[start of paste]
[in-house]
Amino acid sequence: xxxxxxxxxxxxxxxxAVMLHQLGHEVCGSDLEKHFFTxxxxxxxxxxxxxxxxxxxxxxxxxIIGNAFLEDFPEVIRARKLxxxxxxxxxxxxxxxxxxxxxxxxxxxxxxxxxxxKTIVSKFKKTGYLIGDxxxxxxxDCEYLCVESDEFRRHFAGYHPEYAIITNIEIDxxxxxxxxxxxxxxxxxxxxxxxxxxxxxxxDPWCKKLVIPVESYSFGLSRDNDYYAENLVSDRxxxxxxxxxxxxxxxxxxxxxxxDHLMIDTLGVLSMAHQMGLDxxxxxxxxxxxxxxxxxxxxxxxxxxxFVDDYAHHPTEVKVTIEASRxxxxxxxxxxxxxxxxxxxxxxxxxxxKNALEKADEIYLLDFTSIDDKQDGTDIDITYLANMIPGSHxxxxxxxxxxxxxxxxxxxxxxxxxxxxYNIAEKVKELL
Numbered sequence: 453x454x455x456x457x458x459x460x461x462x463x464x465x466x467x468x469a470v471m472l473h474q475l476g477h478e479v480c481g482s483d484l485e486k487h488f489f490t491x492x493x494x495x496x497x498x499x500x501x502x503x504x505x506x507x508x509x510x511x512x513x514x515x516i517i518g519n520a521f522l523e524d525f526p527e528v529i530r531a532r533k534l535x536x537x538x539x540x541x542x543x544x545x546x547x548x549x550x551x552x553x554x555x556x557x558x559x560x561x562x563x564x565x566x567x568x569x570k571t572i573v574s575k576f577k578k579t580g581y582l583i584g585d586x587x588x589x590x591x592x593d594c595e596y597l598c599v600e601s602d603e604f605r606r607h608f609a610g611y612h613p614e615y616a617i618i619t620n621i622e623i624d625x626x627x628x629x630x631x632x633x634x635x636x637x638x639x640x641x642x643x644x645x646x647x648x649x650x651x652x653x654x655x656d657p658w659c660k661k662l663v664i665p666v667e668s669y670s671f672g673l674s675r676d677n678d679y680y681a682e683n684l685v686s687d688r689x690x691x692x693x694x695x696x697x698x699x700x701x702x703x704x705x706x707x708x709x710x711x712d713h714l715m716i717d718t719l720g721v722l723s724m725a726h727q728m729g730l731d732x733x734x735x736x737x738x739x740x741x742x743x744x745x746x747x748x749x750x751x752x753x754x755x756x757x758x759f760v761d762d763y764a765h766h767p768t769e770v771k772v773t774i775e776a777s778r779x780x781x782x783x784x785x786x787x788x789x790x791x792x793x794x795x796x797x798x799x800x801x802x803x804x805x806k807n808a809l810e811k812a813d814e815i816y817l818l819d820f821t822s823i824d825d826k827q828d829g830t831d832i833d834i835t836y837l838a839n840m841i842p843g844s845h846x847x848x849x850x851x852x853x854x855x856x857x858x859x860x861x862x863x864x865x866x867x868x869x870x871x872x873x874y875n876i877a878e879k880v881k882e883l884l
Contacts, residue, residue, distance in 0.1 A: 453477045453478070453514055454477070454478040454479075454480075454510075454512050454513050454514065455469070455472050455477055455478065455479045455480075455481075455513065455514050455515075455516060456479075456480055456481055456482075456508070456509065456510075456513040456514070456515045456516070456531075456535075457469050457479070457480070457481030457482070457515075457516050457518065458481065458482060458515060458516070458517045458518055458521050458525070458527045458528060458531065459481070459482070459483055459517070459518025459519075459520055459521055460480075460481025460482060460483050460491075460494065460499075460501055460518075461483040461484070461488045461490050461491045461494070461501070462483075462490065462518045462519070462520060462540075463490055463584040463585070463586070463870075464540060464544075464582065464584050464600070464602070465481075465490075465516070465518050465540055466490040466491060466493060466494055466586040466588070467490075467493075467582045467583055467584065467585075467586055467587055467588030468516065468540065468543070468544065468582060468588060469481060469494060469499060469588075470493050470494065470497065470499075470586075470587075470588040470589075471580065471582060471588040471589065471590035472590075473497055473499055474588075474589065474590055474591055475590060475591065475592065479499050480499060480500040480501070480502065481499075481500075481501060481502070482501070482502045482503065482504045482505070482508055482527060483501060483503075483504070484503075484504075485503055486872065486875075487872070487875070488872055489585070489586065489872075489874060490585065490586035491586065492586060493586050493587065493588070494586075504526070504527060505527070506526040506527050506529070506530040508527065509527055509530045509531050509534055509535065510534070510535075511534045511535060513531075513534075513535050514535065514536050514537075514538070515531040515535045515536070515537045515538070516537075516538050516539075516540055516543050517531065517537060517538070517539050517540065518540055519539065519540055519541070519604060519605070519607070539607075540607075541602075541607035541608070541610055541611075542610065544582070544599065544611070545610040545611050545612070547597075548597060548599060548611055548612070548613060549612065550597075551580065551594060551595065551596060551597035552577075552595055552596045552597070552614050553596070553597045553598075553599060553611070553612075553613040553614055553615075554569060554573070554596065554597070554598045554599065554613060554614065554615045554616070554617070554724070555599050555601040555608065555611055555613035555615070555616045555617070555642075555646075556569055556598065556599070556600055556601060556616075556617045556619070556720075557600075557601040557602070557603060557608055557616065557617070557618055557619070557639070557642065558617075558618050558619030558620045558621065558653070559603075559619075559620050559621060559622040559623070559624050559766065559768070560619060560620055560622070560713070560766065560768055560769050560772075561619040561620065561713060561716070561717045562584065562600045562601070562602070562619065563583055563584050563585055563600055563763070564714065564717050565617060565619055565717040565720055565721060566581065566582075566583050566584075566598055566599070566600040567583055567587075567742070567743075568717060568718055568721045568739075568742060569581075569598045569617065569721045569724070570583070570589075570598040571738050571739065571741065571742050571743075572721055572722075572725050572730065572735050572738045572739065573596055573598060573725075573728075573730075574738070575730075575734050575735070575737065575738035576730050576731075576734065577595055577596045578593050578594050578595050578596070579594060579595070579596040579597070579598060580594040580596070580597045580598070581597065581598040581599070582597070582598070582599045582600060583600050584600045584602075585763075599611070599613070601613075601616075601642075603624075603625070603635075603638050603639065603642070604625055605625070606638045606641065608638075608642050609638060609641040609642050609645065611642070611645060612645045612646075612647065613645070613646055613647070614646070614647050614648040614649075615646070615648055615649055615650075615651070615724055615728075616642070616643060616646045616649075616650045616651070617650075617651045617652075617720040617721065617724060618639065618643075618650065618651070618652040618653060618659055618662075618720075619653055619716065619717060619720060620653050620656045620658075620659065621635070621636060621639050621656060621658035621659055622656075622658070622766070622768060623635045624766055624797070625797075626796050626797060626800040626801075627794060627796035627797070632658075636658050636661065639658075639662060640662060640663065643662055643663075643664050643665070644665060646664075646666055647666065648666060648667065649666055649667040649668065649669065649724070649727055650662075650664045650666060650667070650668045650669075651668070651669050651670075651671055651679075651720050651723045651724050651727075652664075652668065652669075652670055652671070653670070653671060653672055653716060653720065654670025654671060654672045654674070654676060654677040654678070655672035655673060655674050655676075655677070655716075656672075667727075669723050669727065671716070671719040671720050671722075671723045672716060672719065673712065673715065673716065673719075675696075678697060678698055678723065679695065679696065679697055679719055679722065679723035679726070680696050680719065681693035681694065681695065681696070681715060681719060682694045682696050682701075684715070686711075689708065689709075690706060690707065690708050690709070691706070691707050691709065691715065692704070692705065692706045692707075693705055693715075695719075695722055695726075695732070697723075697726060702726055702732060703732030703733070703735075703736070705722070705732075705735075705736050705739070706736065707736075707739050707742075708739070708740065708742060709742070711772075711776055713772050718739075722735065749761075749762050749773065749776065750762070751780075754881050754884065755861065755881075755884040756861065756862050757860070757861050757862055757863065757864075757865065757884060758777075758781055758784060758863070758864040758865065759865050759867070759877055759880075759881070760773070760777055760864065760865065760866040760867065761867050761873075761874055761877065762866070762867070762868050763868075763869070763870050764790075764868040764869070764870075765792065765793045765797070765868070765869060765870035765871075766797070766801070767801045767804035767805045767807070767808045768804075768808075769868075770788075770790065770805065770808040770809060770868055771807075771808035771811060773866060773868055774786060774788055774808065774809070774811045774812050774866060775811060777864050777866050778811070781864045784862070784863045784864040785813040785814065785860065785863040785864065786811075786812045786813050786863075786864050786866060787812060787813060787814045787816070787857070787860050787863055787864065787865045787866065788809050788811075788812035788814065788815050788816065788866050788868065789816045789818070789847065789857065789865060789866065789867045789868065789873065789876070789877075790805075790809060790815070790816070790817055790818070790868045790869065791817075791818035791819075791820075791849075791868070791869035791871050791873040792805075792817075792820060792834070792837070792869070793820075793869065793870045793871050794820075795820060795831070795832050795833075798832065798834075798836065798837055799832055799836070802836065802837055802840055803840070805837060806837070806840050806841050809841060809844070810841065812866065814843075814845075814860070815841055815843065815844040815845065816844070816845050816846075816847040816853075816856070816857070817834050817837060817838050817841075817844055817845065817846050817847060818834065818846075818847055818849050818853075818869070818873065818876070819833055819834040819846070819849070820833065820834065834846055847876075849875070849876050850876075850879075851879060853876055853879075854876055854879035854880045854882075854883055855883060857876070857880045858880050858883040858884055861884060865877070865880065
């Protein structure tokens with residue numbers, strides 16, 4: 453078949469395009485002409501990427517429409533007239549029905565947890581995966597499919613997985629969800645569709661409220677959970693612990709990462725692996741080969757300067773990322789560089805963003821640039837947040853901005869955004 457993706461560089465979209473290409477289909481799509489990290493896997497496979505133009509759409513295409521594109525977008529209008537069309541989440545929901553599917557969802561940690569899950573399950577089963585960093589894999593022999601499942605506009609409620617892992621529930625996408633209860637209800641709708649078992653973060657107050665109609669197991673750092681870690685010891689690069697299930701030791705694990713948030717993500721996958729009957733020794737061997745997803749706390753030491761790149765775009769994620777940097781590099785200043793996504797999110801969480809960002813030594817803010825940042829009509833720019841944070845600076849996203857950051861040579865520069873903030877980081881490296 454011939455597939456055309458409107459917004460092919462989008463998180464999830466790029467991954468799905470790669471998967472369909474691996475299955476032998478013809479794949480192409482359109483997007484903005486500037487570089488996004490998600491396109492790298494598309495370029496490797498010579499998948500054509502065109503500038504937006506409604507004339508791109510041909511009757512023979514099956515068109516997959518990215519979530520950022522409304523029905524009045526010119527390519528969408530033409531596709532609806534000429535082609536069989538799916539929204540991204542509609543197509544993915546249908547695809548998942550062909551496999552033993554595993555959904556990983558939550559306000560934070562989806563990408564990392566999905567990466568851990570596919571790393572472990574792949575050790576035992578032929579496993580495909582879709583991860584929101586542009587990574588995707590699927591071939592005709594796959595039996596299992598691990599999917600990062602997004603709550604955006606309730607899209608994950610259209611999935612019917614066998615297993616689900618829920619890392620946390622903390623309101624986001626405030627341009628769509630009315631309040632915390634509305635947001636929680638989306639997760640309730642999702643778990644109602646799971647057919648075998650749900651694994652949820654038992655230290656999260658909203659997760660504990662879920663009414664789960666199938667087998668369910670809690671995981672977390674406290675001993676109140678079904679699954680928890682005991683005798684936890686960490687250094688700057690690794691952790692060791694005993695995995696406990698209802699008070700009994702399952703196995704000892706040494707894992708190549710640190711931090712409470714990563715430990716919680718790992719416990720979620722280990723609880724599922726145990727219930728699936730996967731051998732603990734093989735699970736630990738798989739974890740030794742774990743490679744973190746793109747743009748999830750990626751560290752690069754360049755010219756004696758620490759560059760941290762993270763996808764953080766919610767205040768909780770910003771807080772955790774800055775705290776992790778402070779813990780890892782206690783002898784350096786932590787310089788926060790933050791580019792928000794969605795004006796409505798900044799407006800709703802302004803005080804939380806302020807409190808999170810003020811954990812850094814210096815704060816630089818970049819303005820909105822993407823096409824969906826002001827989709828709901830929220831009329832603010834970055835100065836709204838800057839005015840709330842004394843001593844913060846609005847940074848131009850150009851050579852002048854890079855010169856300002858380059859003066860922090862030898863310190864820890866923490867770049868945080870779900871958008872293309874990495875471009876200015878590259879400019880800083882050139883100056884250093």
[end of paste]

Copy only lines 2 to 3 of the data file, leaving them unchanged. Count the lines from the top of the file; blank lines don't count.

Amino acid sequence: xxxxxxxxxxxxxxxxAVMLHQLGHEVCGSDLEKHFFTxxxxxxxxxxxxxxxxxxxxxxxxxIIGNAFLEDFPEVIRARKLxxxxxxxxxxxxxxxxxxxxxxxxxxxxxxxxxxxKTIVSKFKKTGYLIGDxxxxxxxDCEYLCVESDEFRRHFAGYHPEYAIITNIEIDxxxxxxxxxxxxxxxxxxxxxxxxxxxxxxxDPWCKKLVIPVESYSFGLSRDNDYYAENLVSDRxxxxxxxxxxxxxxxxxxxxxxxDHLMIDTLGVLSMAHQMGLDxxxxxxxxxxxxxxxxxxxxxxxxxxxFVDDYAHHPTEVKVTIEASRxxxxxxxxxxxxxxxxxxxxxxxxxxxKNALEKADEIYLLDFTSIDDKQDGTDIDITYLANMIPGSHxxxxxxxxxxxxxxxxxxxxxxxxxxxxYNIAEKVKELL
Numbered sequence: 453x454x455x456x457x458x459x460x461x462x463x464x465x466x467x468x469a470v471m472l473h474q475l476g477h478e479v480c481g482s483d484l485e486k487h488f489f490t491x492x493x494x495x496x497x498x499x500x501x502x503x504x505x506x507x508x509x510x511x512x513x514x515x516i517i518g519n520a521f522l523e524d525f526p527e528v529i530r531a532r533k534l535x536x537x538x539x540x541x542x543x544x545x546x547x548x549x550x551x552x553x554x555x556x557x558x559x560x561x562x563x564x565x566x567x568x569x570k571t572i573v574s575k576f577k578k579t580g581y582l583i584g585d586x587x588x589x590x591x592x593d594c595e596y597l598c599v600e601s602d603e604f605r606r607h608f609a610g611y612h613p614e615y616a617i618i619t620n621i622e623i624d625x626x627x628x629x630x631x632x633x634x635x636x637x638x639x640x641x642x643x644x645x646x647x648x649x650x651x652x653x654x655x656d657p658w659c660k661k662l663v664i665p666v667e668s669y670s671f672g673l674s675r676d677n678d679y680y681a682e683n684l685v686s687d688r689x690x691x692x693x694x695x696x697x698x699x700x701x702x703x704x705x706x707x708x709x710x711x712d713h714l715m716i717d718t719l720g721v722l723s724m725a726h727q728m729g730l731d732x733x734x735x736x737x738x739x740x741x742x743x744x745x746x747x748x749x750x751x752x753x754x755x756x757x758x759f760v761d762d763y764a765h766h767p768t769e770v771k772v773t774i775e776a777s778r779x780x781x782x783x784x785x786x787x788x789x790x791x792x793x794x795x796x797x798x799x800x801x802x803x804x805x806k807n808a809l810e811k812a813d814e815i816y817l818l819d820f821t822s823i824d825d826k827q828d829g830t831d832i833d834i835t836y837l838a839n840m841i842p843g844s845h846x847x848x849x850x851x852x853x854x855x856x857x858x859x860x861x862x863x864x865x866x867x868x869x870x871x872x873x874y875n876i877a878e879k880v881k882e883l884l